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Product details 320 pages Rodale Press - English 9781594869563 Reviews:
"Publishers Weekly Review" by , "Everyone has one of those days when nothing seems to go right, but why? Unlike others who have broached the question, British computer science guru Bentley (Digital Biology) actually escorts readers through a really bad day, exploring the science behind all the little things that can go wrong: he looks at why you slept through the alarm (to explain the nature of sleep); why you then slipped on the spilled shampoo (a look at the nature of cleansers and lubricants); why that torrential downpour soaked you on your way to work (a look at the cycle of water in nature). This journey through the day, if sometimes strained (getting chewing gum stuck in one's hair on the bus), is a neat device for explaining the science behind everyday things such as how clothing is woven and why fabric is so strong (until it rips when you bend over) and how capsaicin in chilis fool the body and provoke a burning sensation. Each chapter ends with a brief tip on how to avoid future mishaps. Hopefully, readers and librarians won't be put off by the title and miss Bentley's reader-friendly explanations of the science behind everyday life." Publishers Weekly (Copyright Reed Business Information, Inc.)
"Synopsis" by , An esteemed scientist takes readers on an informative and amusing tour through the least lucky, most accident-prone day of their lives. From sleeping through the alarm clock to getting caught in the rain, Bentley brilliantly explores disaster and mishap on a molecular level.
"Synopsis" by ,
Have you ever fallen victim to Murphys law? Sometimes bad things just happen. In Why Sh*t Happens, esteemed British scientist Peter J. Bentley takes readers on an informative and amusing tour through the least lucky, most accident-prone day of their lives. From sleeping through the alarm clock and burning breakfast to getting caught in the rain and navigating a slippery road, Bentley brilliantly explores disaster and mishap on a molecular level. In the process, he explains the science behind each accident, arming readers with the knowledge to understand what went wrong and how they can steer clear of future harm.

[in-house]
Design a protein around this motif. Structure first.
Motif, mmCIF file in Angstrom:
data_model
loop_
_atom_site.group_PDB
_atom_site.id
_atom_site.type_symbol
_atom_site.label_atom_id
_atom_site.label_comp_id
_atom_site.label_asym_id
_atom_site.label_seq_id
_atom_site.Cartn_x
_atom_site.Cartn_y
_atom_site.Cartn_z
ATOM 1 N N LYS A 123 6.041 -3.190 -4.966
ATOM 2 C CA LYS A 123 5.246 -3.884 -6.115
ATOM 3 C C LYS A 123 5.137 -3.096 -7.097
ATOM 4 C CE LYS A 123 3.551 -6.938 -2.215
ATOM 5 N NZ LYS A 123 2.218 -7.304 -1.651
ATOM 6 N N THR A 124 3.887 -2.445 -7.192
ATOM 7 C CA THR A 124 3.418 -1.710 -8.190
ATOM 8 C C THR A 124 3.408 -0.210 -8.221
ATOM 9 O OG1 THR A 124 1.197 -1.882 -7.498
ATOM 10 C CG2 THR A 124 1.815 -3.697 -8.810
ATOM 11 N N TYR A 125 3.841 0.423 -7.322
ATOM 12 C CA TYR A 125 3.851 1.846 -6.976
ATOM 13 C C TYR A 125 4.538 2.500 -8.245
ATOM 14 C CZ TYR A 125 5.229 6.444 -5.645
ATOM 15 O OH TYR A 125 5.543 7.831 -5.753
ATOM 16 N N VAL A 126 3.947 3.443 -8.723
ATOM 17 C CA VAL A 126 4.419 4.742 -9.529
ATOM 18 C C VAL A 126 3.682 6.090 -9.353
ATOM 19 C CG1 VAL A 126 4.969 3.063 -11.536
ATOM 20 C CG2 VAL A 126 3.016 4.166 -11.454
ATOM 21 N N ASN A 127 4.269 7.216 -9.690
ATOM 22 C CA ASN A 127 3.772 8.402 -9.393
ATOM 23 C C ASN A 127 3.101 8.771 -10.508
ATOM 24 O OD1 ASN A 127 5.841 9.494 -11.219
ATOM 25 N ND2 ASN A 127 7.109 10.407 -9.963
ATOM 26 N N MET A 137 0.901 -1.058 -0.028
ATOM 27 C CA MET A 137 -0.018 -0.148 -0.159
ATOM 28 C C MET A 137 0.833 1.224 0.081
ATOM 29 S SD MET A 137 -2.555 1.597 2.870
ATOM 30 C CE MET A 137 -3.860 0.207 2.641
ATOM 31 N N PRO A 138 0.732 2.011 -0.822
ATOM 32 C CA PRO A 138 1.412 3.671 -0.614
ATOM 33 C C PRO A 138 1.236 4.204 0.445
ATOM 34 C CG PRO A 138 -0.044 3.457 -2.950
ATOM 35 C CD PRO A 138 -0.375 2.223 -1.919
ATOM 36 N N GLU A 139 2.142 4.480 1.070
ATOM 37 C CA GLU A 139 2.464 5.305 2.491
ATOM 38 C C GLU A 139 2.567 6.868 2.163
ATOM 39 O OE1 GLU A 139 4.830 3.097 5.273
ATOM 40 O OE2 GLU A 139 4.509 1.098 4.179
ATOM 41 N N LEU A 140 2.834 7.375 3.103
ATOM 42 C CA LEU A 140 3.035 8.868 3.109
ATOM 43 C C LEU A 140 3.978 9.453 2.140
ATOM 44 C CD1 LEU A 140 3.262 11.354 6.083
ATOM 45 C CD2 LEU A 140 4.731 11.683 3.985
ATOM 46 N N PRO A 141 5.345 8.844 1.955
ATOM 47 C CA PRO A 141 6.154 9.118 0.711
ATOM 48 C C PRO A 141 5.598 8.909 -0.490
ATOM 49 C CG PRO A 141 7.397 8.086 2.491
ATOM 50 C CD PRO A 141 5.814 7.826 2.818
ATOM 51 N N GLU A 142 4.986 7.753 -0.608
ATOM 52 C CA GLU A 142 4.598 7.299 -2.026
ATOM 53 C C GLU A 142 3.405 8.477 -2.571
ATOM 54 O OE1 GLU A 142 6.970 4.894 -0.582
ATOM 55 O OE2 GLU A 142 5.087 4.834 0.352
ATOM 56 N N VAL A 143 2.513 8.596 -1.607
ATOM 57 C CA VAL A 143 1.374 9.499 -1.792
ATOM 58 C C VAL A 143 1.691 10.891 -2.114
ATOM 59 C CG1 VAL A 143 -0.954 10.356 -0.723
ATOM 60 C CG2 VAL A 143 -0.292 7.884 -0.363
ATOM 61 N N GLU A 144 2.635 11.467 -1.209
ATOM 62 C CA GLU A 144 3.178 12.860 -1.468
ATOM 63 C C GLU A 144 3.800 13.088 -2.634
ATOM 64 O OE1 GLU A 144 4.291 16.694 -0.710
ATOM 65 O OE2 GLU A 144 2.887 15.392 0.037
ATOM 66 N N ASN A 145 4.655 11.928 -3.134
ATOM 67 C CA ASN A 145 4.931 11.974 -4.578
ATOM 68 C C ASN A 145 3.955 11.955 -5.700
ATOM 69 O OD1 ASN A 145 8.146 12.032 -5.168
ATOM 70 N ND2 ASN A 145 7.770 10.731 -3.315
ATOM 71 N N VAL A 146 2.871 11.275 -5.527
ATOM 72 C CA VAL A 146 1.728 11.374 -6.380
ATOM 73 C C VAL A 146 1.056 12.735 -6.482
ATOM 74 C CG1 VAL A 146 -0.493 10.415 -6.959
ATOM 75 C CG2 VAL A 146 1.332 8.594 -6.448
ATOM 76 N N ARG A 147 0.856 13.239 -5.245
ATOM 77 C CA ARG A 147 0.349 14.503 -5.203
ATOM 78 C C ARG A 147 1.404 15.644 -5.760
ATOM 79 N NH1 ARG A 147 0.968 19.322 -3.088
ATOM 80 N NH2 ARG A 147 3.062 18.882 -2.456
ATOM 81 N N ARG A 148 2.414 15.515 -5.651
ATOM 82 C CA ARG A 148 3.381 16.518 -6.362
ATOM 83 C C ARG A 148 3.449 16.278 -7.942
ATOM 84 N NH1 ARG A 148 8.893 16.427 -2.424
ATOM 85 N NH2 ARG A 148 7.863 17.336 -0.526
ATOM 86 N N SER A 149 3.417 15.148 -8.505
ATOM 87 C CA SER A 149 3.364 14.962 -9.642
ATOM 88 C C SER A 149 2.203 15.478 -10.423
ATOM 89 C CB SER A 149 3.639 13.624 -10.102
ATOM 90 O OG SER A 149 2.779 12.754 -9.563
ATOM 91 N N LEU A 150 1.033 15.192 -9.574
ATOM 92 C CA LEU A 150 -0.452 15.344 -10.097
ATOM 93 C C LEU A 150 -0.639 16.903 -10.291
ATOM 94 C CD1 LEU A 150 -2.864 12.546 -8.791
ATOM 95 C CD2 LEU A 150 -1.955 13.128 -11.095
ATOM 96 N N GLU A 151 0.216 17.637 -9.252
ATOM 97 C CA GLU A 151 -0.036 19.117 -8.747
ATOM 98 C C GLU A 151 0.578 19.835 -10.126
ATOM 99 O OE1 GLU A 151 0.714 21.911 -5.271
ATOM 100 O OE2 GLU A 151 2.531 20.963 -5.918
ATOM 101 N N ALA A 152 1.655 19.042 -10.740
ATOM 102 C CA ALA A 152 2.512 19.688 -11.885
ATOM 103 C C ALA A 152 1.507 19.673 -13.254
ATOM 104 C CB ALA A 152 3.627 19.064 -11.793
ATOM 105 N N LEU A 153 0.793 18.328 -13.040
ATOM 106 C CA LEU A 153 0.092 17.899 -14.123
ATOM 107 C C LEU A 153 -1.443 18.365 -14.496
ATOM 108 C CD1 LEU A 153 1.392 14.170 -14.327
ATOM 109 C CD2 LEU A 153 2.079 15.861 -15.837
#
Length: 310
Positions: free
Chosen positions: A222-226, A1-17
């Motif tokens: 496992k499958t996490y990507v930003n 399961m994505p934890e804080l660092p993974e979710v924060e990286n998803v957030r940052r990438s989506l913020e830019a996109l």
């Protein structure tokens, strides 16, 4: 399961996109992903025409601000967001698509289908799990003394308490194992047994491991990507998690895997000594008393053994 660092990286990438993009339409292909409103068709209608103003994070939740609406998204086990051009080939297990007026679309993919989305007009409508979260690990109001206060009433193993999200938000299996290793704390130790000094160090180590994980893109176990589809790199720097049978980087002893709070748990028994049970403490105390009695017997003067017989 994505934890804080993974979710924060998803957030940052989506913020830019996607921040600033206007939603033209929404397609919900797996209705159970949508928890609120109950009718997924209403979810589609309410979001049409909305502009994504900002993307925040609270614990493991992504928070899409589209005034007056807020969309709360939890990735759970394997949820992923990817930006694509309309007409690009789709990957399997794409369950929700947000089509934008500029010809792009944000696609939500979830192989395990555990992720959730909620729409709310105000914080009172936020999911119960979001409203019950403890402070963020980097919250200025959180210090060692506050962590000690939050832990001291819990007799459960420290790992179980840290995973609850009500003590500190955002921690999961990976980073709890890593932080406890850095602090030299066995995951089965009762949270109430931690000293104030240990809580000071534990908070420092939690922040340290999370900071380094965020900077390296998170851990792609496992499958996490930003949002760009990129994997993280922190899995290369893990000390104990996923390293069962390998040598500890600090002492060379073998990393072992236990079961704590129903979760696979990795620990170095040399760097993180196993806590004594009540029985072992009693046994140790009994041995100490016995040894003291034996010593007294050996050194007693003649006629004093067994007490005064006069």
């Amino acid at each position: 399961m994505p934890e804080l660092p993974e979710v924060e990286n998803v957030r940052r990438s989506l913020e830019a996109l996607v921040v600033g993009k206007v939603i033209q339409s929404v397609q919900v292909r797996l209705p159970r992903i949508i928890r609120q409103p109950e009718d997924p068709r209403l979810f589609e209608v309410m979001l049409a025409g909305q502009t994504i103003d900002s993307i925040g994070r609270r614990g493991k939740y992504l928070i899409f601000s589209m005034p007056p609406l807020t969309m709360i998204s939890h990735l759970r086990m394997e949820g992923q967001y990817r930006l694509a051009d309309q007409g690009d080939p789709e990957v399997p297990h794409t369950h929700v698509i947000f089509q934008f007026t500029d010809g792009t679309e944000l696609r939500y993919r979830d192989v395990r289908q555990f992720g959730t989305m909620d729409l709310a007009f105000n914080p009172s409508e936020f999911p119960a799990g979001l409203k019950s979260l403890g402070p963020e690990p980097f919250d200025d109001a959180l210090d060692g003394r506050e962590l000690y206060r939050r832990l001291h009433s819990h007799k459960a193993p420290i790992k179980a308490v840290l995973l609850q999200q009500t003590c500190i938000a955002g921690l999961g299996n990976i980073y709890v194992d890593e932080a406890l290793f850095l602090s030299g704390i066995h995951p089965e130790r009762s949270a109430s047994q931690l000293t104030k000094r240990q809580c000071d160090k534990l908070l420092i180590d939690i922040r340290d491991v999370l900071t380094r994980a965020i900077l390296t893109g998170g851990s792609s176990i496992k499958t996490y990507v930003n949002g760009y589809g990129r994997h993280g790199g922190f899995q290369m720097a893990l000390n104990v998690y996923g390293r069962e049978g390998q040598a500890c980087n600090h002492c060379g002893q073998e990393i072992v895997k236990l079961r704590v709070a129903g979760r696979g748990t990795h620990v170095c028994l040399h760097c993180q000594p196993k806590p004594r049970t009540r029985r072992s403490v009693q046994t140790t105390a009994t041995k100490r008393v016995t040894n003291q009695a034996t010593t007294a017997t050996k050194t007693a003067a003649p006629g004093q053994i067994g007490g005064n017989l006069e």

Science is respected, trusted, and according to Bentley, largely misunderstood. Why Sh*t Happens urges readers to arm themselves with the power of science in order to better understand the world around them. When a car engine is damaged by the wrong gasoline or a computer is attacked by a virus, science is not to blame, but rather can provide an explanation of what happened.
In a text that exudes charm and wit, Bentley reveals the causes behind a wide spectrum of mishaps, including why that razor nick won't stop bleeding, why metal sparks in the microwave, what makes chewing gum stick in hair, and why milk tastes sour when it goes bad.
Sh*t will always happen, but now readers will know exactly why. Enter, if you dare, the world of everyday disasters.